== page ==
"You will alone determine the truthfully and the accuracy of the testimony of each witness," Merchan said.

He added that the jury could either disregard the testimony of an untruthful witness entirely, or disregard part of it.

"There is no particular formula" to determine credibility, Merchan said.

"You may consider whether the witness has any interest in the outcome of the case," he said -- another matter that might weigh on jurors' minds.

"You may consider whether a witness did have, or did not have, a motive to lie," the judge said.

Trump's attorney had told the jury Cohen had an "axe to grind" against his former boss. Prosecutors partially conceded that Cohen had a motive, acknowledging that, to date, he is the only one who suffered any consequences from the matter at hand.

Trump, at the defense table, appeared to look over to the jury and offer a bit of a closed-mouth grin.

May 29, 10:29 AM
Merchan says Trump can't be judged for not testifying

Judge Merchan instructed the jury that they cannot hold Trump's not testifying against him.

"Defendant is not required to prove that he is not guilty," he said.

"The defendant is not required to prove or disprove anything," said the judge.

May 29, 10:24 AM
Judge says he will be responsible for any sentencing

Judge Merchan told the jury that they should not speculate about the sentence or punishment in the case.

"It will be my responsibility to impose an appropriate sentence," Merchan said.

The judge also had to advise the jury about this yesterday after defense lawyer Todd Blanche argued that the jury "cannot send somebody to prison" based on Michael Cohen's testimony.

The jury appears to be laser focused on Merchan during the charge. Half of the jurors appear to be taking notes.

May 29, 10:20 AM
'You are the judges of the facts,' judge tells jurors

"It is not my responsibility to judge the evidence here. It is yours," Judge Merchan told the jurors as he began his instructions for their deliberations.

"You are the judges of the facts, and you are responsible for deciding whether the defendant is guilty or not guilty."

The judge instructed jurors on avoiding "stereotypes" or "implicit biases" in their deliberations.

"As a juror you are asked to make a very important decision about another member of the community," he said.

May 29, 10:16 AM
Judge says reading of jury charge will take an hour

Judge Juan Merchan took his seat on the bench, and Trump flashed a closed mouth smile when the judge said good morning in his usual fashion.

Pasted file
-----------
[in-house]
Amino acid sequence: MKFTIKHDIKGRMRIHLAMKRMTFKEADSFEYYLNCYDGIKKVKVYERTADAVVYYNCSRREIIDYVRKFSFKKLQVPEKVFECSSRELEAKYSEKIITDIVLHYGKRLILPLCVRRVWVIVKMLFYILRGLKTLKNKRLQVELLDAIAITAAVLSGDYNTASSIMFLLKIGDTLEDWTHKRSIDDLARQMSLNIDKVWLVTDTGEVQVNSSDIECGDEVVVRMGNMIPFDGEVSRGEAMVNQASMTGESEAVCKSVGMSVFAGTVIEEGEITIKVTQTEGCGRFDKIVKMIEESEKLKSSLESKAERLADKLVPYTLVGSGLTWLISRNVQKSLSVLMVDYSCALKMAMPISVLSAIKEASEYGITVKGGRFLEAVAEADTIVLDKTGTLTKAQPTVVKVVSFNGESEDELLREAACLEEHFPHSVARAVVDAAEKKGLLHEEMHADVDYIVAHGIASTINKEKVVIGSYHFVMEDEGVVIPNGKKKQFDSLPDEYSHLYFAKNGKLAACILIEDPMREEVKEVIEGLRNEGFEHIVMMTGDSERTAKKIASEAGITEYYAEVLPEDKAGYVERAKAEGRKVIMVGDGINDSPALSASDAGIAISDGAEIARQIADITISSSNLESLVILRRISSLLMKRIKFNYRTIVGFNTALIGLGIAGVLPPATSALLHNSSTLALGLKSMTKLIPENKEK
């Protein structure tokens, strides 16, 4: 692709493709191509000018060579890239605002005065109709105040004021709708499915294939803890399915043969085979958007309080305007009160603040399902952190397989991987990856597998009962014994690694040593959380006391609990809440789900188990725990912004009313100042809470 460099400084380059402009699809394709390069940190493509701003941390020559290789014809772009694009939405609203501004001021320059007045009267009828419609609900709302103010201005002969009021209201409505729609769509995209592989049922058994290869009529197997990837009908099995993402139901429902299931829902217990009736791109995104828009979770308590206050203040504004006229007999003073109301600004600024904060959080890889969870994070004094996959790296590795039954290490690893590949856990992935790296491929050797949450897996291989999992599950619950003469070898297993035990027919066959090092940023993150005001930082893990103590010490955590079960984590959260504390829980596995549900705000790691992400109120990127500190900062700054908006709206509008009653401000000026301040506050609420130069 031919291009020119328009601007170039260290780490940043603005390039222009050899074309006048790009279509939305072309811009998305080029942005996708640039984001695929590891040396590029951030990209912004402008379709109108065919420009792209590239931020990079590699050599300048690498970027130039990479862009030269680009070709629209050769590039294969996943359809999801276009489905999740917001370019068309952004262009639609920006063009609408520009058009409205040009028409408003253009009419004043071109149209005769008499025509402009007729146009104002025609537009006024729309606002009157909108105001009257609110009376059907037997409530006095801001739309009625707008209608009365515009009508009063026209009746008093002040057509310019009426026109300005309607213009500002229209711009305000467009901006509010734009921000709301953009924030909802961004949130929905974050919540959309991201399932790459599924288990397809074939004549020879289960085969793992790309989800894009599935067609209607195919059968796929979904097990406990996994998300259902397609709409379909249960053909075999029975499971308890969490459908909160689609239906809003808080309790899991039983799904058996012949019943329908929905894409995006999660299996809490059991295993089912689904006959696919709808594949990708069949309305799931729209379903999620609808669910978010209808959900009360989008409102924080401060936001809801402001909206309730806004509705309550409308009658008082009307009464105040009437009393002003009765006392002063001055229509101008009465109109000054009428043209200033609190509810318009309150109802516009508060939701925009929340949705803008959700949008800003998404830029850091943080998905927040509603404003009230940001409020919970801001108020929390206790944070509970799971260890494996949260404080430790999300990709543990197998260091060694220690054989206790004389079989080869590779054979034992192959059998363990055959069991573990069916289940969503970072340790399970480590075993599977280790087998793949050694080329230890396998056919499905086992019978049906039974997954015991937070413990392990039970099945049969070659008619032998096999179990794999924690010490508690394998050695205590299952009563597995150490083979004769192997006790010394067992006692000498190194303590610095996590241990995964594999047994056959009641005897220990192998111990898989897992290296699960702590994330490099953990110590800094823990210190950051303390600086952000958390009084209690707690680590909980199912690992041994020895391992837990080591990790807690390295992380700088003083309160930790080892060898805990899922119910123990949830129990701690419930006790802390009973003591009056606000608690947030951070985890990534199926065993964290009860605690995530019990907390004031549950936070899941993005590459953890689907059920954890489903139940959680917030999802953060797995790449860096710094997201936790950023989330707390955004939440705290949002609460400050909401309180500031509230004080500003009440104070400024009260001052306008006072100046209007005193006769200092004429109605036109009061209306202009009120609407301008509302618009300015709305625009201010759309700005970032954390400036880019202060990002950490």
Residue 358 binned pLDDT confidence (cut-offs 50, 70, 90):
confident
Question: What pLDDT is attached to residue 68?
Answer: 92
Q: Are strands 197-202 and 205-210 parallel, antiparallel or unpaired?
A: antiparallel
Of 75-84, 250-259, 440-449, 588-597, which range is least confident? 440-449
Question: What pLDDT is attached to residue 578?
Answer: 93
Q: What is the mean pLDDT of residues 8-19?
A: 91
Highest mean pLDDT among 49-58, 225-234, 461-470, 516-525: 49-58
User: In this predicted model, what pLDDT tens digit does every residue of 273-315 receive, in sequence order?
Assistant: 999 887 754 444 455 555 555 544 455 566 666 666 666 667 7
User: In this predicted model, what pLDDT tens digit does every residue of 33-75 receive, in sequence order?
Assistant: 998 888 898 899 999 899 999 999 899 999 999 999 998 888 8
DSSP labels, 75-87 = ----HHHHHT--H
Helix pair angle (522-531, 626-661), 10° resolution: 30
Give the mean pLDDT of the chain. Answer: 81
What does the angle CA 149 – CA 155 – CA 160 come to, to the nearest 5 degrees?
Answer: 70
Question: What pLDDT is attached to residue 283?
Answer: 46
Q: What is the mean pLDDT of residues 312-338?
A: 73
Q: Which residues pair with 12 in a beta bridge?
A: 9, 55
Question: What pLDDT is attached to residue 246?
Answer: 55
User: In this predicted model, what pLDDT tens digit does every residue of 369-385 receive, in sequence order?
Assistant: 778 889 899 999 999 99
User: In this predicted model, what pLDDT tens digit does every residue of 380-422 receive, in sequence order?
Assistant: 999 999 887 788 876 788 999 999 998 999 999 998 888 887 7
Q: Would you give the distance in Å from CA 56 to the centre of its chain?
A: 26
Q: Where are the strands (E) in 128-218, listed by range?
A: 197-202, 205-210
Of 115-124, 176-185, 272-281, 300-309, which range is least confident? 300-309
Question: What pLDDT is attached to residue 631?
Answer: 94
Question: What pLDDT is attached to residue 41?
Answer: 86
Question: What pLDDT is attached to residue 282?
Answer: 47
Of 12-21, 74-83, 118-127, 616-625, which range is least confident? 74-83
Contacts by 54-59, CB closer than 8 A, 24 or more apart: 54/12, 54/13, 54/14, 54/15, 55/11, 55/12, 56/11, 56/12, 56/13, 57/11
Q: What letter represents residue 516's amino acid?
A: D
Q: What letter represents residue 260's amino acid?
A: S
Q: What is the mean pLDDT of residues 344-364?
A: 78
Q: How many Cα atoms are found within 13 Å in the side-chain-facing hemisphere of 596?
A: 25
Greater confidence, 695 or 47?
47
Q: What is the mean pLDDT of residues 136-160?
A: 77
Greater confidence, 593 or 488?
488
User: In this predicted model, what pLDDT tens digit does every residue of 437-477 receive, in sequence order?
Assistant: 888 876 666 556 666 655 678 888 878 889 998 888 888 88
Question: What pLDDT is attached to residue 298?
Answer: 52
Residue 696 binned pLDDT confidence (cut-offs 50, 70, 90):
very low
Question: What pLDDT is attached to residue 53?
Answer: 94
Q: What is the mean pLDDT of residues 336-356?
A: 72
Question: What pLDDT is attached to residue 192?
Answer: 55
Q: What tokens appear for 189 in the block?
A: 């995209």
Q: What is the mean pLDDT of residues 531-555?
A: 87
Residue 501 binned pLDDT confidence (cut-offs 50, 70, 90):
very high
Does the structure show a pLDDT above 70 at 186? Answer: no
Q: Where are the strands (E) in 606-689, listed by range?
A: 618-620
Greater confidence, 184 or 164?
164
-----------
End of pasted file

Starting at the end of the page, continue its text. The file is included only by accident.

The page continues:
Before bringing the jury back into the courtroom, Merchan asked the parties to confirm the proposed verdict form.

Prosecutor Josh Steinglass flagged a minor typo, but both sides appeared to be in agreement about the form, which will the jury will fill out once they render a verdict.

After the jury was brought into the courtroom, Merchan told them the reading of the jury charge will take approximately an hour.

May 29, 10:11 AM
Trump, online, calls prosecutors' closing statement bull----

Former President Trump did not speak with reporters as he entered the courtroom this morning, but instead made a series of posts on social media.

Referring to prosecutors' five-hour closing statement yesterday, Trump wrote, "THE D.A.’s OFFICE WAS ALLOWED TO GO ON WITH 5 HOURS OF BULL---- YESTERDAY."

The defense's closing argument took three hours.

May 29, 9:57 AM
Prosecutors, Trump arrive in courtroom

The prosecution team has entered the courtroom ahead of this morning's jury charge.

Prosecutors Josh Steinglass, Matthew Colangelo and Rebecca Mangold are seated at the counsel table, and seven other members of the district attorney's team are in the gallery.

Former President Trump entered the courtroom minutes later.

May 29, 9:03 AM
Reporters take their place for today's proceedings

About 60 members of the press have filled up the courtroom's wooden pews ahead of today's proceedings.

As reporters settled in, a court reporter used an office chair to wheel a three-foot stack of printed transcripts into the courtroom.

She left the precarious slack of binders at the front of the courtroom near the jury box, prompting light applause from the reporters in the gallery.

May 29, 7:01 AM
Jury deliberations scheduled to get underway

The jury in Donald Trump's criminal hush money trial is scheduled to begin deliberating the outcome of the case this morning after lengthy closing arguments yesterday.

Judge Juan Merchan will begin the proceedings at 10 a.m. ET when he instructs the jury about the law in the case -- a vital process that Merchan estimates will take approximately an hour.

Once the jury is charged, they can begin deliberating whether prosecutors met their burden by proving that Trump falsified 34 business records to further a criminal conspiracy to influence the 2016 election.

The jury heard nearly eight hours of summations yesterday when defense lawyer Todd Blanche and prosecutor Joshua Steinglass delivered marathon closing arguments.

Blanche told jurors that prosecutors failed to prove their case beyond a reasonable doubt due in part to their reliance on the testimony of former Trump attorney Michael Cohen, who he described as the "human embodiment of reasonable doubt."

Steinglass argued that Trump's alleged falsification of records ahead of the election amounted to a "subversion of democracy" by hiding critical information from voters.

Copyright © 2024, ABC Audio. All rights reserved.


Michigan attorney general files charges in death of Black man hit by unmarked police car

Courtesy of Sterling family

(LANSING, M.I.) -- The Michigan Department of Attorney General filed charges on Tuesday against an officer who struck and killed a Black man with an unmarked police vehicle.